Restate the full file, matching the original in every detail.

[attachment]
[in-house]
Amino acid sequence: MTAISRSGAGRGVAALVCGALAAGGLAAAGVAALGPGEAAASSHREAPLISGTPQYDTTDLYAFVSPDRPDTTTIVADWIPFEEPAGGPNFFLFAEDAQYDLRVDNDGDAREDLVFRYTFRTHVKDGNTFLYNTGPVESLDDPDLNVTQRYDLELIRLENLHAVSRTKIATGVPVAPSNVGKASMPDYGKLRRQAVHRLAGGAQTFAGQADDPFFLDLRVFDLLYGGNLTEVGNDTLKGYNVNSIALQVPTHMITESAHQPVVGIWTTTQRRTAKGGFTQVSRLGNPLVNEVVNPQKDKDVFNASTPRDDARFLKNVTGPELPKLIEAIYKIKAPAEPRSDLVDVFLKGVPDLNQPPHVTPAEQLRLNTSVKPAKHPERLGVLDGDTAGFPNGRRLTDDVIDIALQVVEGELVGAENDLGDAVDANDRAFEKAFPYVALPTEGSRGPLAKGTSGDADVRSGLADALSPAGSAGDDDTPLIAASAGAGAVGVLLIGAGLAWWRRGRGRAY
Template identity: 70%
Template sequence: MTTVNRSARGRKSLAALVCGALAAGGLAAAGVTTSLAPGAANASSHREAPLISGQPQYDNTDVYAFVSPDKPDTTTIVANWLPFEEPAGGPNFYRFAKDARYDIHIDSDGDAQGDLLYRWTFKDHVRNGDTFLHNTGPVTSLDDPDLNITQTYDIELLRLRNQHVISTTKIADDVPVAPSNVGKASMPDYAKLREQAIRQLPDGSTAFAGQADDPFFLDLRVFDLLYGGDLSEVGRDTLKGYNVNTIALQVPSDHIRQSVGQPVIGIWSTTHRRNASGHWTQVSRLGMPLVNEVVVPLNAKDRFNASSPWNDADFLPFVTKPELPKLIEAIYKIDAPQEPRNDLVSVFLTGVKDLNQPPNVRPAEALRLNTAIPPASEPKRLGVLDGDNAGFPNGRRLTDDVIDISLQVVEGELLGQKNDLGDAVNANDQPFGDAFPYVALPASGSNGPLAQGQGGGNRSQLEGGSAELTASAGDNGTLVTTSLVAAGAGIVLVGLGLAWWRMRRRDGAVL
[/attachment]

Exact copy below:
[in-house]
Amino acid sequence: MTAISRSGAGRGVAALVCGALAAGGLAAAGVAALGPGEAAASSHREAPLISGTPQYDTTDLYAFVSPDRPDTTTIVADWIPFEEPAGGPNFFLFAEDAQYDLRVDNDGDAREDLVFRYTFRTHVKDGNTFLYNTGPVESLDDPDLNVTQRYDLELIRLENLHAVSRTKIATGVPVAPSNVGKASMPDYGKLRRQAVHRLAGGAQTFAGQADDPFFLDLRVFDLLYGGNLTEVGNDTLKGYNVNSIALQVPTHMITESAHQPVVGIWTTTQRRTAKGGFTQVSRLGNPLVNEVVNPQKDKDVFNASTPRDDARFLKNVTGPELPKLIEAIYKIKAPAEPRSDLVDVFLKGVPDLNQPPHVTPAEQLRLNTSVKPAKHPERLGVLDGDTAGFPNGRRLTDDVIDIALQVVEGELVGAENDLGDAVDANDRAFEKAFPYVALPTEGSRGPLAKGTSGDADVRSGLADALSPAGSAGDDDTPLIAASAGAGAVGVLLIGAGLAWWRRGRGRAY
Template identity: 70%
Template sequence: MTTVNRSARGRKSLAALVCGALAAGGLAAAGVTTSLAPGAANASSHREAPLISGQPQYDNTDVYAFVSPDKPDTTTIVANWLPFEEPAGGPNFYRFAKDARYDIHIDSDGDAQGDLLYRWTFKDHVRNGDTFLHNTGPVTSLDDPDLNITQTYDIELLRLRNQHVISTTKIADDVPVAPSNVGKASMPDYAKLREQAIRQLPDGSTAFAGQADDPFFLDLRVFDLLYGGDLSEVGRDTLKGYNVNTIALQVPSDHIRQSVGQPVIGIWSTTHRRNASGHWTQVSRLGMPLVNEVVVPLNAKDRFNASSPWNDADFLPFVTKPELPKLIEAIYKIDAPQEPRNDLVSVFLTGVKDLNQPPNVRPAEALRLNTAIPPASEPKRLGVLDGDNAGFPNGRRLTDDVIDISLQVVEGELLGQKNDLGDAVNANDQPFGDAFPYVALPASGSNGPLAQGQGGGNRSQLEGGSAELTASAGDNGTLVTTSLVAAGAGIVLVGLGLAWWRMRRRDGAVL